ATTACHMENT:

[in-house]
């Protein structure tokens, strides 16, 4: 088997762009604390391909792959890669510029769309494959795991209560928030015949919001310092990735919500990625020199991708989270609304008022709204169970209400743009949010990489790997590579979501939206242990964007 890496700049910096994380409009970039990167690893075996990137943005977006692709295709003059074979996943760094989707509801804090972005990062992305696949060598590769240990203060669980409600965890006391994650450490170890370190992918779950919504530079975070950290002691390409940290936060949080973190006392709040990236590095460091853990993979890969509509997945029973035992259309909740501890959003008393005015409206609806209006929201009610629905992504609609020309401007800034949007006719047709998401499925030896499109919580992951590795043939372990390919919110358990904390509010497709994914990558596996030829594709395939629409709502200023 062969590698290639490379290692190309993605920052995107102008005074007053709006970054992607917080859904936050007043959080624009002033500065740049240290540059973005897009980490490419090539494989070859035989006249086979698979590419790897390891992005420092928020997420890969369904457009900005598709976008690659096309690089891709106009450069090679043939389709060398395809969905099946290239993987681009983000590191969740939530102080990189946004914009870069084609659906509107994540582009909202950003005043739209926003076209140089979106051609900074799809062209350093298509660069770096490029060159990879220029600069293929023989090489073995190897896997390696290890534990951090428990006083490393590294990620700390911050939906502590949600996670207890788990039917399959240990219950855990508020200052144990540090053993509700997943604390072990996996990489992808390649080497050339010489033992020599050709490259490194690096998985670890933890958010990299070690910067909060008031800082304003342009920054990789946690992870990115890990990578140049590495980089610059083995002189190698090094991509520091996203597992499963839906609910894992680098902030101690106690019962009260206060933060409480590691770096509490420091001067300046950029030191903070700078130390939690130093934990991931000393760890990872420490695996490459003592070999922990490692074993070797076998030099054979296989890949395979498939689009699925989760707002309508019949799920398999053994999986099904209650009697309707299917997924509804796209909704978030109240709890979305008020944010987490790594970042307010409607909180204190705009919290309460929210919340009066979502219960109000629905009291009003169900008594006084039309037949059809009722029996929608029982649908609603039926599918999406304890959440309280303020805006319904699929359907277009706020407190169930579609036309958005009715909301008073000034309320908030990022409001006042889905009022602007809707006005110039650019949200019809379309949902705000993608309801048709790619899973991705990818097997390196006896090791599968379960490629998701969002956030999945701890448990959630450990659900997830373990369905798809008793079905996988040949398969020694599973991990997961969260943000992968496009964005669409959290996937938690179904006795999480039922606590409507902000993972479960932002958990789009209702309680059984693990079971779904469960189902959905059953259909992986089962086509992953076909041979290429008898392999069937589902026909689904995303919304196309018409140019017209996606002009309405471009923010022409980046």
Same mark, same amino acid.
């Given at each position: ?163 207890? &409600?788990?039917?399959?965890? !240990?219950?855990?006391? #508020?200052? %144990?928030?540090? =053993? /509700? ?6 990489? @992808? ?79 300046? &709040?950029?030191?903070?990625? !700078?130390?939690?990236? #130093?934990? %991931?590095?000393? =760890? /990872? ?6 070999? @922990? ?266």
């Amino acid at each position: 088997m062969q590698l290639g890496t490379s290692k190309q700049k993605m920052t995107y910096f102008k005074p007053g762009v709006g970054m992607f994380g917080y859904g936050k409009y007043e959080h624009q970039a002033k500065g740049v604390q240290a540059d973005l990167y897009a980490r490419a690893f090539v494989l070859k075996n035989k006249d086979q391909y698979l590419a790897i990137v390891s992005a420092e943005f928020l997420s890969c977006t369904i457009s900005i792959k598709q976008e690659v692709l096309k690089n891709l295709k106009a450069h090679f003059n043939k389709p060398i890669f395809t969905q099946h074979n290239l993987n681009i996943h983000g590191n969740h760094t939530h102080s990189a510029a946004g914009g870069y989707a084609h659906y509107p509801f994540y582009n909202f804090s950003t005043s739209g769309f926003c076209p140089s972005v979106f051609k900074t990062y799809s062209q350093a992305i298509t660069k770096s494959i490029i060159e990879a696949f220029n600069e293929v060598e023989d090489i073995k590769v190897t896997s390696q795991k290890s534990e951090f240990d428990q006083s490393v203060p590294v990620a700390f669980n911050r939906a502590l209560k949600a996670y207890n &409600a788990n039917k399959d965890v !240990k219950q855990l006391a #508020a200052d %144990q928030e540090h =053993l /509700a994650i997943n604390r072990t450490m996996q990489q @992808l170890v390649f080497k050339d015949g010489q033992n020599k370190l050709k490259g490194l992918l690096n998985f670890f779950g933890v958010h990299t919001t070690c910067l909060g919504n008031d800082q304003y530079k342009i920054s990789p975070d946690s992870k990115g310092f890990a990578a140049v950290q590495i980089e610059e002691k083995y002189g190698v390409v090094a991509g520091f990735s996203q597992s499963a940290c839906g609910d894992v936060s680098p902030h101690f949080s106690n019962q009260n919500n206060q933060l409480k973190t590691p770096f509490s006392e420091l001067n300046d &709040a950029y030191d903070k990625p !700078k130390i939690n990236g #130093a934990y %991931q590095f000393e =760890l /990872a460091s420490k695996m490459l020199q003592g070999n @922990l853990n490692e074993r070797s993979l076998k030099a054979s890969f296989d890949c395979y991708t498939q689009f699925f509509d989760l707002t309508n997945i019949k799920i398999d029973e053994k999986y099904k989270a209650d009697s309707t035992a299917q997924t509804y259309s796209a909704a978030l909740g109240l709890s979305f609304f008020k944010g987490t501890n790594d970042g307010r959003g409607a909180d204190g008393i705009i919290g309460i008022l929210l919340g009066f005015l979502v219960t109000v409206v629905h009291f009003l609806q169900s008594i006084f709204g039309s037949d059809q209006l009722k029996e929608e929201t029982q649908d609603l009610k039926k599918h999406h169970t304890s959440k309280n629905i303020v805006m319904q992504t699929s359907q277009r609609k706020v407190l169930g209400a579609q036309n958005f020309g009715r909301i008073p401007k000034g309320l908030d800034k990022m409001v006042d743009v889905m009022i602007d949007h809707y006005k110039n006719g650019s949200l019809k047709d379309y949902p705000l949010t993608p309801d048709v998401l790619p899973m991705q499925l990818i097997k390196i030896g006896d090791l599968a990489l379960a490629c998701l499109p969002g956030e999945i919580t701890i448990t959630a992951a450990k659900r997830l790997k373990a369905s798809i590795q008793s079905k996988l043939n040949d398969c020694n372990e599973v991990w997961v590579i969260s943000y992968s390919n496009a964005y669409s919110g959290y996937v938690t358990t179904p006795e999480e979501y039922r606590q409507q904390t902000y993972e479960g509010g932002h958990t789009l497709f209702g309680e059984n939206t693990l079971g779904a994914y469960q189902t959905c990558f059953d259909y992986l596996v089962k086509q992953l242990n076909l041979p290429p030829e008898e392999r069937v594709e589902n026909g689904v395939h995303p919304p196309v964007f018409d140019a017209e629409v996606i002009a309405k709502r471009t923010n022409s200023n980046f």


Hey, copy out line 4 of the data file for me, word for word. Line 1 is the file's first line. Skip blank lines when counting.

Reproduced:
């Given at each position: ?163 207890? &409600?788990?039917?399959?965890? !240990?219950?855990?006391? #508020?200052? %144990?928030?540090? =053993? /509700? ?6 990489? @992808? ?79 300046? &709040?950029?030191?903070?990625? !700078?130390?939690?990236? #130093?934990? %991931?590095?000393? =760890? /990872? ?6 070999? @922990? ?266």